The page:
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September 29, 1989


Aubrey E. Robinson, Jr., Chief United States District Judge.

The opinion of the court was delivered by: ROBINSON, JR.



 Re: Defendant's Motion No. 10 to Dismiss the New Indictment for Lack of Prosecutorial Jurisdiction

 In his Pretrial Motion No. 10, Defendant Secord asks the Court to dismiss Counts 1-9 of the second indictment. *fn1" Each of these counts arises out of Secord's appearance in May and June of 1987 before the Select Congressional Joint Committee investigating the series of events known as the Iran-Contra affair. Secord argues that the investigation and prosecution of these counts fell outside the jurisdiction granted to the Independent Counsel by the Special Division of the Court of Appeals which appointed him. *fn2" The Court disagrees, and for the reasons below, denies Defendant's motion.


 In his papers and at oral argument, Defendant has essentially argued that the Special Division Order ("the Order") outlining the jurisdiction of the Independent Counsel limited his prosecutorial power to offenses committed up to his appointment, and to those "arising from or connected with" the Independent Counsel's investigation (which, in Defendant's view, excludes the Congressional investigation). According to Defendant, because the Independent Counsel failed to employ the specific provisions of the Ethics in Government Act, 28 U.S.C. §§ 49, 591-599 (Supp. 1989) ("the Act"), allowing an expansion of his jurisdiction, the second indictment must fail.

 The Independent Counsel responds that the wording of the Order easily supports the second indictment. He points out that the Order authorized the Independent Counsel to investigate


to the maximum extent authorized by [the Act] whether any person . . . acting in concert with Lt. Col. North . . . has committed a violation of any federal criminal law . . . relating in any way to

 the financing and sale of arms to Iran, or any intermediaries, the diversion of proceeds, and the provision of support for the Contras. *fn3" See id. at 1-2, cited in Gov't Opp. at 6 (emphasis the Gov't's). The Independent Counsel also cites most prominently the following clause:


The Independent Counsel shall have jurisdiction . . . to seek indictments and to prosecute any persons or entities involved in any of the foregoing events or transactions [the sale of weapons to Iran and the diversion of proceeds] who are reasonably believed to have committed a violation of any federal criminal law . . . arising out of such events. . . .

 Appointment Order at 2, cited in Gov't Opp. at 5 (emphasis the Gov't's).


In addition, the Government argues that the congressional investigation was in fact "connected with or arising out of" the investigation by the Independent Counsel, thus coming under other language in paragraphs two and three of the Order. *fn4"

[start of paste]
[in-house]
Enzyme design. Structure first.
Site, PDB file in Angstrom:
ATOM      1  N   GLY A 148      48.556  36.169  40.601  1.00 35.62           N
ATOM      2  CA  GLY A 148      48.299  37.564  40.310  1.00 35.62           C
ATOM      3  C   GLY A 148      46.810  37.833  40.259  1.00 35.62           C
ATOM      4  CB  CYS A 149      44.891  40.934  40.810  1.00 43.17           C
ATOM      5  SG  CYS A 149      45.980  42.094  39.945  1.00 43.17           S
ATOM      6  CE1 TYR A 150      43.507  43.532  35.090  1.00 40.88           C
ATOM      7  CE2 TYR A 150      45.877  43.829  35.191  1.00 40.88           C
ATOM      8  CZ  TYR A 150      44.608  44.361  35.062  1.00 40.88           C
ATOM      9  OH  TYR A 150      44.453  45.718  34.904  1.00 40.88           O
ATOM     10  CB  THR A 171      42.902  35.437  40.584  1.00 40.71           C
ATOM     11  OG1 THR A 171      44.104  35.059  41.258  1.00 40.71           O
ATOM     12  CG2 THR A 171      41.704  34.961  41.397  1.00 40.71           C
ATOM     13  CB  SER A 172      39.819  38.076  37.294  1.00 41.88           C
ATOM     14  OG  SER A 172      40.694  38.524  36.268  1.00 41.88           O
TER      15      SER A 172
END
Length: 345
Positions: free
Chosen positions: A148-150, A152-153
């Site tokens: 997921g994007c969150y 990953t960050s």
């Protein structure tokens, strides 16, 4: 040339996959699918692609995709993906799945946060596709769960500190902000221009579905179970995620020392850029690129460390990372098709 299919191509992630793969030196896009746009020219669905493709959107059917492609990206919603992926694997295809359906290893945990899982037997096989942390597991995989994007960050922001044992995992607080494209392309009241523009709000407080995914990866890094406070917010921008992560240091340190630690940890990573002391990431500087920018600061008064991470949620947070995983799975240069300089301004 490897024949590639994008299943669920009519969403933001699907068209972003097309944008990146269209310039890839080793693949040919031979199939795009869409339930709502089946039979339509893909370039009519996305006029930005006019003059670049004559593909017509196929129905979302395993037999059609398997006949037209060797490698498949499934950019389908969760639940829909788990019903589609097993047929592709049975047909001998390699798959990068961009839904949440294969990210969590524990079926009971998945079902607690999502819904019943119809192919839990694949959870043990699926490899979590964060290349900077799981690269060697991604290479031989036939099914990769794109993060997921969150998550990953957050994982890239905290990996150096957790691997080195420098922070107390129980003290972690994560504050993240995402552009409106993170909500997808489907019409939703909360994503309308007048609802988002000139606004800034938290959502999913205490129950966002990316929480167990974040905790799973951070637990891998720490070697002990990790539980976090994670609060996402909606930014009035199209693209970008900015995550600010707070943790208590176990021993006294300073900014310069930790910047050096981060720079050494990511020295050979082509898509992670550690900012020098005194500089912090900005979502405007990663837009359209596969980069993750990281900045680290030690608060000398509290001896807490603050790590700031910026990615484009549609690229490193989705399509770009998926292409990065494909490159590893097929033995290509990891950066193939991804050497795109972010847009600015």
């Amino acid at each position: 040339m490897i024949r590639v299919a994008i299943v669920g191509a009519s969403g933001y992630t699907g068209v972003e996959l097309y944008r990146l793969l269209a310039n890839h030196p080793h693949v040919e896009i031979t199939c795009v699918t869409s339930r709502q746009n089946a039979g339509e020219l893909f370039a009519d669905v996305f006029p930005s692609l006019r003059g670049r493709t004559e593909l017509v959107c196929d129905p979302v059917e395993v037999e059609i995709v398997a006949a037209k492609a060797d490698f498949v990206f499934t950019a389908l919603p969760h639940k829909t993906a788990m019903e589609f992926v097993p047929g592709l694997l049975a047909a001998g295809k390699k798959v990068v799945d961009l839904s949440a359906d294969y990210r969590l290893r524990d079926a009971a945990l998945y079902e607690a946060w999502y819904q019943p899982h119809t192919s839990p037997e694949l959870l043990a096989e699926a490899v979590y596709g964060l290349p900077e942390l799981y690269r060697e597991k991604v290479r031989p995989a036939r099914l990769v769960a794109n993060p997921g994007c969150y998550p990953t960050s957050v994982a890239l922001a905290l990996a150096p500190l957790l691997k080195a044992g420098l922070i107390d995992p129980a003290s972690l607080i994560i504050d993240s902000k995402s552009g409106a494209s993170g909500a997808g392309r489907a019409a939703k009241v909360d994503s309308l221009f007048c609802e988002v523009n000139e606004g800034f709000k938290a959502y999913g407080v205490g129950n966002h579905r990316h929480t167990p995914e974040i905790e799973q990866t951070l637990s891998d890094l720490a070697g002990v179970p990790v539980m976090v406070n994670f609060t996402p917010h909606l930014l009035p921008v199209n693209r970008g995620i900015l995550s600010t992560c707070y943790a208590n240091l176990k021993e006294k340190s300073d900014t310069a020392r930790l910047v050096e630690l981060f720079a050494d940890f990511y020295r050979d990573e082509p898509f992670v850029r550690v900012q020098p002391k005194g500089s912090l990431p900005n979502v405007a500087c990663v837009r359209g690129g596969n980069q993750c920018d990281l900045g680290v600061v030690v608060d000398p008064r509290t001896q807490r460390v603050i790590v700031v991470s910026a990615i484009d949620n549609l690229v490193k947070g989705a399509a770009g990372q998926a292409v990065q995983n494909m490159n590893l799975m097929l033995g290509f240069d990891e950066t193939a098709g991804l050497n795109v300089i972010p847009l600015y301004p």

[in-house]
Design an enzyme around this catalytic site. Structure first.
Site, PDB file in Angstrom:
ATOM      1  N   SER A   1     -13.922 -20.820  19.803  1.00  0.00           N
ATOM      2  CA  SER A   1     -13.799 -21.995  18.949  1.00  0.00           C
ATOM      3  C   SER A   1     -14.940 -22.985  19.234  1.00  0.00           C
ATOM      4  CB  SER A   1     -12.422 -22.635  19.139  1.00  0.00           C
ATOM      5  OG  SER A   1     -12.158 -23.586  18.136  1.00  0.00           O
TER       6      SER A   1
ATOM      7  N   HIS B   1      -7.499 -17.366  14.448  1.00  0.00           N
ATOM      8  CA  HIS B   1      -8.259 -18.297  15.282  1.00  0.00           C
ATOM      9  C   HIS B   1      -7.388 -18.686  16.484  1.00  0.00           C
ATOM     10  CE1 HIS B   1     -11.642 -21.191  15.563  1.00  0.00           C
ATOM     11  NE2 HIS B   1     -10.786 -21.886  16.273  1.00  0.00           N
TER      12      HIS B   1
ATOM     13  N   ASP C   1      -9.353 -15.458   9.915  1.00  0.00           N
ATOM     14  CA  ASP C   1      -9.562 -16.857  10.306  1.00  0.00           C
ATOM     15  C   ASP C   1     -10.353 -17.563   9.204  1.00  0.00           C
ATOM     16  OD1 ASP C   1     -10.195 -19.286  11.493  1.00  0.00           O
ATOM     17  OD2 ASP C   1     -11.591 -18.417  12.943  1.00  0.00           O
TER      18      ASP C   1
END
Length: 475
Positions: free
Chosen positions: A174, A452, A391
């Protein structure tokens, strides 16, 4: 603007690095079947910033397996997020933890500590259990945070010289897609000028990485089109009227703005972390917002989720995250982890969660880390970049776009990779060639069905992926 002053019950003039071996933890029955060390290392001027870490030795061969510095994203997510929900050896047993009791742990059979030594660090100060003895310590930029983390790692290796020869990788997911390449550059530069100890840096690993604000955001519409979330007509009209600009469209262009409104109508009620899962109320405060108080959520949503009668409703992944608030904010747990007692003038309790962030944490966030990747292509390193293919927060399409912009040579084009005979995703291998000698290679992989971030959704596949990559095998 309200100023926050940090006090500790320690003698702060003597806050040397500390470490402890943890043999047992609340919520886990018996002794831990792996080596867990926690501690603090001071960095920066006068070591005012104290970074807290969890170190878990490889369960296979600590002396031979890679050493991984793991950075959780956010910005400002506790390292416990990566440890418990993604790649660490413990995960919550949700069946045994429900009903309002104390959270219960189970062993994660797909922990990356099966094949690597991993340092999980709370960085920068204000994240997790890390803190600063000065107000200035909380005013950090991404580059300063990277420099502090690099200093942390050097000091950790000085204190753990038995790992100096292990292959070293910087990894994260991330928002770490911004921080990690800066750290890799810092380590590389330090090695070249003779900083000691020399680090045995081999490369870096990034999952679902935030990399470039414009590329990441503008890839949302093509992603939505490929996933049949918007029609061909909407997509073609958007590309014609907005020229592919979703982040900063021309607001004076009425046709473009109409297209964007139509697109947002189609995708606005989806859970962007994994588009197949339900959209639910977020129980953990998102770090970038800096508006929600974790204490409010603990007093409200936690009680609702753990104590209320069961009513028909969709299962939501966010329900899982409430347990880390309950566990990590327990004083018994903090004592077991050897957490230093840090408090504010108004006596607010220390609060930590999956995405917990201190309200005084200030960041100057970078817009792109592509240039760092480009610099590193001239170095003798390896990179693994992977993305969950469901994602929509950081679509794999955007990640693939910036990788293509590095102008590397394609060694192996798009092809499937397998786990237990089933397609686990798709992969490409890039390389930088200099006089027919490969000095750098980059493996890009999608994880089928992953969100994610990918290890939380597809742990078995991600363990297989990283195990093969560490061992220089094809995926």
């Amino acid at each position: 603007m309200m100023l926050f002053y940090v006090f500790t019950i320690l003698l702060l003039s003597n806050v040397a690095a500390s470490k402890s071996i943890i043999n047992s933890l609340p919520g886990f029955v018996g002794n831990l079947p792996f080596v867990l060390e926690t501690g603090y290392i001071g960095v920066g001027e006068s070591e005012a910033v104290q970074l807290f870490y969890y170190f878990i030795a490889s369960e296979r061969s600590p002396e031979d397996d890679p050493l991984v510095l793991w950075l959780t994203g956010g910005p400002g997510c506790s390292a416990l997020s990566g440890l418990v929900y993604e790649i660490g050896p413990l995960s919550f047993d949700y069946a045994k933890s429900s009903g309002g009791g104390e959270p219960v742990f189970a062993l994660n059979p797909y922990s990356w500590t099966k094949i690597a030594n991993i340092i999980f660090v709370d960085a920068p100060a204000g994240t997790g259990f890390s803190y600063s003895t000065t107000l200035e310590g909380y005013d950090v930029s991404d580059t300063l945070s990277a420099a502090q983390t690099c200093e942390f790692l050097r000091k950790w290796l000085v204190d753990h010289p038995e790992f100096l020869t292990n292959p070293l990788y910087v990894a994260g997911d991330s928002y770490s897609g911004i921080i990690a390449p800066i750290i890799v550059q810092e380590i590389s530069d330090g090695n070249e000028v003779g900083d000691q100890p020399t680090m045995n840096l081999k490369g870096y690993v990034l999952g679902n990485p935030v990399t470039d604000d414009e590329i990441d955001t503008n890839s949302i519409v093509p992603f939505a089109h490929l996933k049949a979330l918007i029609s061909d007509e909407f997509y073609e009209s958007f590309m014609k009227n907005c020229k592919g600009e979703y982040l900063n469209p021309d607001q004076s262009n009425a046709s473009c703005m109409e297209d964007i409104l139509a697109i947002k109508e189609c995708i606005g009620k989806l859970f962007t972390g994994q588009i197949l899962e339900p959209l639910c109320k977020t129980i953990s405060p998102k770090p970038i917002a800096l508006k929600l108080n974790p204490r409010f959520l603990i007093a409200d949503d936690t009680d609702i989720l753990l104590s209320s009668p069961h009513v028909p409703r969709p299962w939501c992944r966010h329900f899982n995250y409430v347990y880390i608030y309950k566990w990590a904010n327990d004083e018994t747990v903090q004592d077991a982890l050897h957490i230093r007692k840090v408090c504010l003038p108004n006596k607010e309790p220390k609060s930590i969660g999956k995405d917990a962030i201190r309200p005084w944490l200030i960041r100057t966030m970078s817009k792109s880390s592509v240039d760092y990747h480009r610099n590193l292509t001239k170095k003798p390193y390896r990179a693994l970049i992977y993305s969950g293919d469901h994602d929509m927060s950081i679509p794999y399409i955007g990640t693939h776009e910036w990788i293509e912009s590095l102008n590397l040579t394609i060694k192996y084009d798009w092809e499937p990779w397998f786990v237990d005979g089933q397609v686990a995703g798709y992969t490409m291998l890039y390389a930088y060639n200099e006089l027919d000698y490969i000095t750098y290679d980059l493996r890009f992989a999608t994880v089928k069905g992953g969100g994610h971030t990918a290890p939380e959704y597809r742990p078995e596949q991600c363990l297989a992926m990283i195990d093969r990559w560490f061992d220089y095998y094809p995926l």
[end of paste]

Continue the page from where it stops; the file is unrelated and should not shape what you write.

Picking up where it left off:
The resolution of this question turns upon the construction the Court is willing to place upon the phrases "arising out of" and "related to." First, it must be ascertained whether the language of the Order itself permits the Independent Counsel to prosecute Defendant's alleged perjury before Congress. If so, then it remains only to determine whether the provisions of the Act permit the Division's broad grant of residual jurisdiction.

 A. The Language of the Order

 Defendant is correct that the Order's most explicit reference to future crimes, including perjury, requires that the future offense be "connected with" or "arise out of" the Independent Counsel's investigation. This issue is dealt with further below. The Court believes the better focus is upon the second clause of the Order's paragraph 2, and the "relating in any way to" language of paragraph 1, both quoted above. The question posed by that language is simply as follows: Did General Secord's alleged perjury "relate[] in any way to" or "aris[e] out of" the events specified in the Order. See supra, note 3.

 Clearly, the answer is "yes." It cannot be denied that the congressional investigation itself "arose from" the events constituting the Iran-Contra initiative. General Secord was repeatedly questioned in a detailed manner about those events. He is alleged to have lied about those events. In fact, Defendant's alleged perjury "arose from" the events in two ways: first, the entire process in Congress sprang directly from the Iran-Contra initiative; second, Defendant's alleged perjury could well be construed as part of a continuing effort to conceal the extent and detail of the "enterprise," which was the linchpin of the original indictment. *fn5" As such, in the view of the Independent Counsel, Defendant's actions before Congress may simply have been one additional aspect of the "events."